Sequential administration of sargramostim and filgrastim in pediatric allogeneic stem cell transplantation recipients undergoing myeloablative conditioning


  • Presented in part at American Society of Blood and Marrow Transplantation (ASBMT) 2006 Annual BMT Tandem meeting

Mitchell S. Cairo, Professor of Pediatrics, Medicine and Pathology, Chief, Division of Pediatric Blood and Marrow Transplantation, Morgan Stanley Children’s Hospital of NewYork-Presbyterian, Columbia University, 3959 Broadway, CHN 10-03, New York, NY 10032, USA
Tel.: +1 212 305 8316; Fax: +1 212 305 8428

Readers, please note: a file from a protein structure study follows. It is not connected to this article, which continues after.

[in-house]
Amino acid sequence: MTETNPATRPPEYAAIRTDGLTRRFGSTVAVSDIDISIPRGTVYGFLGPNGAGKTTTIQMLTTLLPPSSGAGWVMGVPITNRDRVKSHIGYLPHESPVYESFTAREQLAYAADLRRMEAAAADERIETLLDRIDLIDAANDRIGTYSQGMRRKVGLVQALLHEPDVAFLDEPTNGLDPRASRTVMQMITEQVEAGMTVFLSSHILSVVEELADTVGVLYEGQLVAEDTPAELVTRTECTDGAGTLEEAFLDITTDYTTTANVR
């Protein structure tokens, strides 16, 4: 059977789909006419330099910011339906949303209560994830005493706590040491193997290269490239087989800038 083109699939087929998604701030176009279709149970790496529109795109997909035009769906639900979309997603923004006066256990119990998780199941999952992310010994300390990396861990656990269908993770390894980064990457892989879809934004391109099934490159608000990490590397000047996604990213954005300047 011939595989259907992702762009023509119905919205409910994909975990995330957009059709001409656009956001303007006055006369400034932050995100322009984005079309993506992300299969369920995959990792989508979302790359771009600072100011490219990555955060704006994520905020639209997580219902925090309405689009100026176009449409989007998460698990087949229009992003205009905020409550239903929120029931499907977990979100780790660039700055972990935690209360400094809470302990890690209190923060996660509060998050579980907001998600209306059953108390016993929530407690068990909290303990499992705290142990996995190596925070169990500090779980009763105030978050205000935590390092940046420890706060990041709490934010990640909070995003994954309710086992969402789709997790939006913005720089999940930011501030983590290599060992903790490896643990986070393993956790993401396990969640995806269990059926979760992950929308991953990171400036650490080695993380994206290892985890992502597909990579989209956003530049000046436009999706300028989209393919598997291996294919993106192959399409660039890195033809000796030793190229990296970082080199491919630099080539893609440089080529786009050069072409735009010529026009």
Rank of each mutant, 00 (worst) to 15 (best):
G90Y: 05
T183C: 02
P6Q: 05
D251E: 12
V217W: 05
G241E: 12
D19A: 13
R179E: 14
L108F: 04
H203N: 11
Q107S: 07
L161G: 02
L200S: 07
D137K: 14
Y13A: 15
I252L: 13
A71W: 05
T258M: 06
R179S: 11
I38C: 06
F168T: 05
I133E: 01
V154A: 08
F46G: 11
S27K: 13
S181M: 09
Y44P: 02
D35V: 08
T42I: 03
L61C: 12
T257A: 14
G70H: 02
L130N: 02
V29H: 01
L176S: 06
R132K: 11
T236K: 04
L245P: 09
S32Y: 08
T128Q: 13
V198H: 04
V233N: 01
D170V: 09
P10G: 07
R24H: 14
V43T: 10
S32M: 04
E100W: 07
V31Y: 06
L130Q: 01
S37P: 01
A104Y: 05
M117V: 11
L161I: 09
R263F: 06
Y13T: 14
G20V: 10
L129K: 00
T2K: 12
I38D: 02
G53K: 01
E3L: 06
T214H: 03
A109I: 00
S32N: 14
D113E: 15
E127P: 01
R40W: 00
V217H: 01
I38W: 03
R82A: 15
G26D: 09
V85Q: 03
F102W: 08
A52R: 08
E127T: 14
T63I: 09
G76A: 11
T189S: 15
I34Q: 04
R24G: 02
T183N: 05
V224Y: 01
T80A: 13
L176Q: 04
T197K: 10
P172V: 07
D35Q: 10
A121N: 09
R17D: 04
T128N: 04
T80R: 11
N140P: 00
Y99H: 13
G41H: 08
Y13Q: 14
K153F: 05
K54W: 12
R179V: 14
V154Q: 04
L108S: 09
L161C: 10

Abstract:  G-CSF and GM-CSF both hasten myeloid engraftment post-MA-alloSCT; however, GM-CSF is earlier acting and less expensive. The objective was to evaluate efficacy/safety of sequential administration of GM-CSF followed by G-CSF in children post-MA-alloSCT. From January 2001 to June 2005, 31 children received 32 MA-alloSCT: mean age 6.65 yr; MRD BM or PBSC vs. related or unrelated UCB 11:21; malignant vs. non-malignant disorders 22:10. GM-CSF (250 μg/m2 IV QD) began on day of stem cell infusion. GM-CSF was switched to G-CSF (10 μg/kg IV QD) when WBC ≥ 300/mm3 × 2 days. G-CSF continued until ANC ≥ 2500/mm3 × 2 days, then tapered to maintain ANC ≥ 1000/mm3. Median time to myeloid engraftment (ANC ≥ 500/mm3 × 3 days) was 17 days [13 days vs. 24 days, MRD BM/PBSC vs. UCB (p < 0.0001)], occurring at a median time of two days after switch to G-CSF. Clinically relevant adverse events were bone pain (n = 8) and large pleural effusion (n = 1). It was estimated that sequential GM-CSF/G-CSF was cost-effective compared with G-CSF alone [cost-savings of $1311/patient ($41,952/study), 2007 Red Book™ Average Wholesale Price]. In summary, it was demonstrated that sequential administration of GM-CSF/G-CSF post-MA-alloSCT was safe, cost-effective and resulted in prompt myeloid engraftment.